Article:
A core objective of the AfCFTA is to remedy such paradoxes by boosting intra-regional trade to support local supply chains. When African countries trade among themselves, they exchange more manufactured and processed goods, have more knowledge transfer, and create more value. Manufactured goods already make up a much higher proportion of intra-African exports than of exports leaving the continent—41.9 compared to 14.8 percent in 2014.
However, intra-African trade is currently very low, constituting less than 15% of total trade in Africa, in comparison to 67.1% in Europe and 60.5% in Asia. An expansion of intra-African trade could see more value-added to African resources, on the African continent, for African consumers.
Selected world regions: intra-regional trade (2019)
More than four in ten Nigerians lack access to electricity.
The AfCFTA commits signatories to the removal of tariffs on 90% of goods, to progressively liberalise trade in services and address other non-tariff barriers. The United Nations Economic Commission for Africa (UNECA) estimates that through the sole removal of tariffs, the AfCFTA could boost the share of intra-African trade to over 50% by 2040.
Africa’s industrial exports are forecast to benefit most from the AfCFTA, diversifying Africa’s economy and moving away from commodity dependence. If these forecasts prove correct, the AfCFTA can be a vital engine of industrialisation and job creation.
AfCFTA alone will not be enough
While the AfCFTA will be essential to generating the regional supply chains that can spur job creation and industrialisation, it will not be enough on its own. It must be accompanied by progress in other African initiatives such as the Protocol on the Free Movement of Persons and the Single African Air Transport Market (SAATM). Projects under the Programme for Infrastructure Development in Africa (PIDA), designed to establish transnational transport corridors and telecommunications networks, must be completed. Without sufficient infrastructure and ease of movement, intra-regional trade will continue to be costly and inaccessible, regardless of tariff reductions.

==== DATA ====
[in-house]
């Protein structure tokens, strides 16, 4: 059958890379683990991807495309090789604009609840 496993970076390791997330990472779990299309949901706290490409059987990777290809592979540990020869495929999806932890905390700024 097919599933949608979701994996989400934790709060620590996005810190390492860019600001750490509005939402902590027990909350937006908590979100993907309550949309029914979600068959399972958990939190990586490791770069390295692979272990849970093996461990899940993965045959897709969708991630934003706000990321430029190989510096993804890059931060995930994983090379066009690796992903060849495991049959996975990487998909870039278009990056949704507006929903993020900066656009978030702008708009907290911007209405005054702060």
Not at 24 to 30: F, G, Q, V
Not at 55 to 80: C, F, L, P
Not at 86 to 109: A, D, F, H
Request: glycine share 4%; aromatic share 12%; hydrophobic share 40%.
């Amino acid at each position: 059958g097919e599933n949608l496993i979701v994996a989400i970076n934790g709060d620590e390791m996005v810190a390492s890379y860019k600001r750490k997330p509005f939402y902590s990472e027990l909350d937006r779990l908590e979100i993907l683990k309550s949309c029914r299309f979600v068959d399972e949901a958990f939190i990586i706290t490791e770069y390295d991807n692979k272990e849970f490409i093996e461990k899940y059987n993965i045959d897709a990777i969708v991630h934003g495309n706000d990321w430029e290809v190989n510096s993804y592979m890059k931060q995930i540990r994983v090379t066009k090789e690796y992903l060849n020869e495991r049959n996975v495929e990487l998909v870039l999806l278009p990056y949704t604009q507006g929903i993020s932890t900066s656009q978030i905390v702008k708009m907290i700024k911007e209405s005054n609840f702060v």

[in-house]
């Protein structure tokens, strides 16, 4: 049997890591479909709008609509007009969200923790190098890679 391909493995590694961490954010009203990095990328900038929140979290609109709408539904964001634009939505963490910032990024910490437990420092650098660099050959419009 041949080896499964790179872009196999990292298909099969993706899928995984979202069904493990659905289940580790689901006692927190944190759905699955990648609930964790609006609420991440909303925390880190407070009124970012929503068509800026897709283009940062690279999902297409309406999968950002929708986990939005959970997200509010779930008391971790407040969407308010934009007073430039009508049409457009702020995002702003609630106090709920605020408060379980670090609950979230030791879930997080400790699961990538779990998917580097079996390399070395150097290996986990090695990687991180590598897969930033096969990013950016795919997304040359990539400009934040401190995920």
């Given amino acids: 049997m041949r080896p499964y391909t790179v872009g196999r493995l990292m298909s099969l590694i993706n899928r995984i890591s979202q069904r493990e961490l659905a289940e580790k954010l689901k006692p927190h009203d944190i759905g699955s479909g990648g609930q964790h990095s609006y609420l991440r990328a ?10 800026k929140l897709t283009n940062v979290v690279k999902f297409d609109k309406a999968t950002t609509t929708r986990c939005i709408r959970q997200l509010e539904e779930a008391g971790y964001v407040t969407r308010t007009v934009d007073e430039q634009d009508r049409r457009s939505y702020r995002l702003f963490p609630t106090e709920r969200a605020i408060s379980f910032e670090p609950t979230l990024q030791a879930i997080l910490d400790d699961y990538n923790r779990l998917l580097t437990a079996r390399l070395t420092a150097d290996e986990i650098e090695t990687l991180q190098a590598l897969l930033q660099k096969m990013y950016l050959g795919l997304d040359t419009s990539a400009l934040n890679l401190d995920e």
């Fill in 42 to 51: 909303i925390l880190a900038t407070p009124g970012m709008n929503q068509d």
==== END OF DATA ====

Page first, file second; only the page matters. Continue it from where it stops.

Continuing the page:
The success of related digital platforms will also be instrumental to building intra-African supply chains. Afreximbank’s African Trade Gateway, an agglomeration of interrelated digital platforms, will be key to reducing the complexity of payment transfers within Africa. The Pan-African Payment and Settlement System will allow payments for intra-African trade in local currencies, while the Trade Information Portal will help African businesses easily identify potential suppliers of inputs or distributors of products elsewhere in the continent.
Finally, the AfCFTA and related projects must reach small and medium enterprises to prevent the agreement simply becoming a vehicle for multinationals. To create truly transformative intra-regional supply chains, governments must engage with and listen to the voices of smallholder producers.
Intra-regional trade in Africa is the joint lowest of any world region.